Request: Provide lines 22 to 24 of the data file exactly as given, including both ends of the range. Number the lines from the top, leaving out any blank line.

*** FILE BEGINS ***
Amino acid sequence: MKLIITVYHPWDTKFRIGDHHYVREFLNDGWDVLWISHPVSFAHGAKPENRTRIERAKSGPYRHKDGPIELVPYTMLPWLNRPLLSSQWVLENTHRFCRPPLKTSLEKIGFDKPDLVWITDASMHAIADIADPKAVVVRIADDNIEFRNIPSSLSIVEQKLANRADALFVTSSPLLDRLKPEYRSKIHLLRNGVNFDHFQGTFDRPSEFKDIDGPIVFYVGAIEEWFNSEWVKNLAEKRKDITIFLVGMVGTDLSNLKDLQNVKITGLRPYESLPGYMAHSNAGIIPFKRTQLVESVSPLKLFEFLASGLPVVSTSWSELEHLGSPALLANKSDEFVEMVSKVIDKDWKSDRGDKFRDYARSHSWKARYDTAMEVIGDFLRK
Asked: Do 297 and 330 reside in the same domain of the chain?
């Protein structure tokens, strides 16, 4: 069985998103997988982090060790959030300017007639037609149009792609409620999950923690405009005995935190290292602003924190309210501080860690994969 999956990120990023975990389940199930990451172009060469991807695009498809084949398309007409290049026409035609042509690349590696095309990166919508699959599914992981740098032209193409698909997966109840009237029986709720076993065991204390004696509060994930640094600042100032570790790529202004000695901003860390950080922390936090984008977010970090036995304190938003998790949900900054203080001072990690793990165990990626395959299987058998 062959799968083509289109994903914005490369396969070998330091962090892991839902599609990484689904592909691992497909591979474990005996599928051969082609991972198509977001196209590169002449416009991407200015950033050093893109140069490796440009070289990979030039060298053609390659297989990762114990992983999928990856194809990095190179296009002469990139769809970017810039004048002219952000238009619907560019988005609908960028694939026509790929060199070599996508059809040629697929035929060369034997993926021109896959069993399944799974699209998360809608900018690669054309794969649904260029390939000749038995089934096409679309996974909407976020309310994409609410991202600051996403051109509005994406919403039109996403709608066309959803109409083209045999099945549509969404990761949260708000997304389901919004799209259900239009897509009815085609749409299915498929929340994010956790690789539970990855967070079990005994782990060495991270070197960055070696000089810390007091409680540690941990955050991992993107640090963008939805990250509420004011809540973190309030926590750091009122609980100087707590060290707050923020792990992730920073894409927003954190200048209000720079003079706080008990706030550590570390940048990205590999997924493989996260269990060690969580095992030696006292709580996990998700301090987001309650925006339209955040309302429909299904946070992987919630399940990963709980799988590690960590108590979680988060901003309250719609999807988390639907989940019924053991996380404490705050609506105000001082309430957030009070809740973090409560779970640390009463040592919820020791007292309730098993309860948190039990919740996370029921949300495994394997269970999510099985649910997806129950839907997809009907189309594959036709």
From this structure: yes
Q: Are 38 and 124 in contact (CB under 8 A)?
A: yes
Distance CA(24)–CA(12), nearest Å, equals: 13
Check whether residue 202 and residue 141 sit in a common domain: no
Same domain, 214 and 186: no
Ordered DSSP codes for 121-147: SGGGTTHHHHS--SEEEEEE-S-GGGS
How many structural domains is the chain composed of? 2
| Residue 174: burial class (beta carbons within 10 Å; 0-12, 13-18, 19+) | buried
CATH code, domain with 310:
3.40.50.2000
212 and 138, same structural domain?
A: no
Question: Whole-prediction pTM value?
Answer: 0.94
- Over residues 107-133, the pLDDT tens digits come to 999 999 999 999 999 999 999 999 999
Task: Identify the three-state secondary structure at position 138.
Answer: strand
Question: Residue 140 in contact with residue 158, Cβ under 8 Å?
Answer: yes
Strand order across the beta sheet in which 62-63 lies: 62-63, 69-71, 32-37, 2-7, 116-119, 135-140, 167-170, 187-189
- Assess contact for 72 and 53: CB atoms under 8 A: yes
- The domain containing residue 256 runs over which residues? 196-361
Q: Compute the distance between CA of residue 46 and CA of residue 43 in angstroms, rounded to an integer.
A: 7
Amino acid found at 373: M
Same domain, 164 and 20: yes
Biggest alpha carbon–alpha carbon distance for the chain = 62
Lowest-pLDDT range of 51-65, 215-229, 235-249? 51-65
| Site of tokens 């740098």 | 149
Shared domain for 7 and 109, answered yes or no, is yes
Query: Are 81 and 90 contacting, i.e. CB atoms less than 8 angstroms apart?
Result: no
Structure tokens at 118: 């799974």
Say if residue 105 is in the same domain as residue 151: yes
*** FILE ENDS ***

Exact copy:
Question: Residue 140 in contact with residue 158, Cβ under 8 Å?
Answer: yes
Strand order across the beta sheet in which 62-63 lies: 62-63, 69-71, 32-37, 2-7, 116-119, 135-140, 167-170, 187-189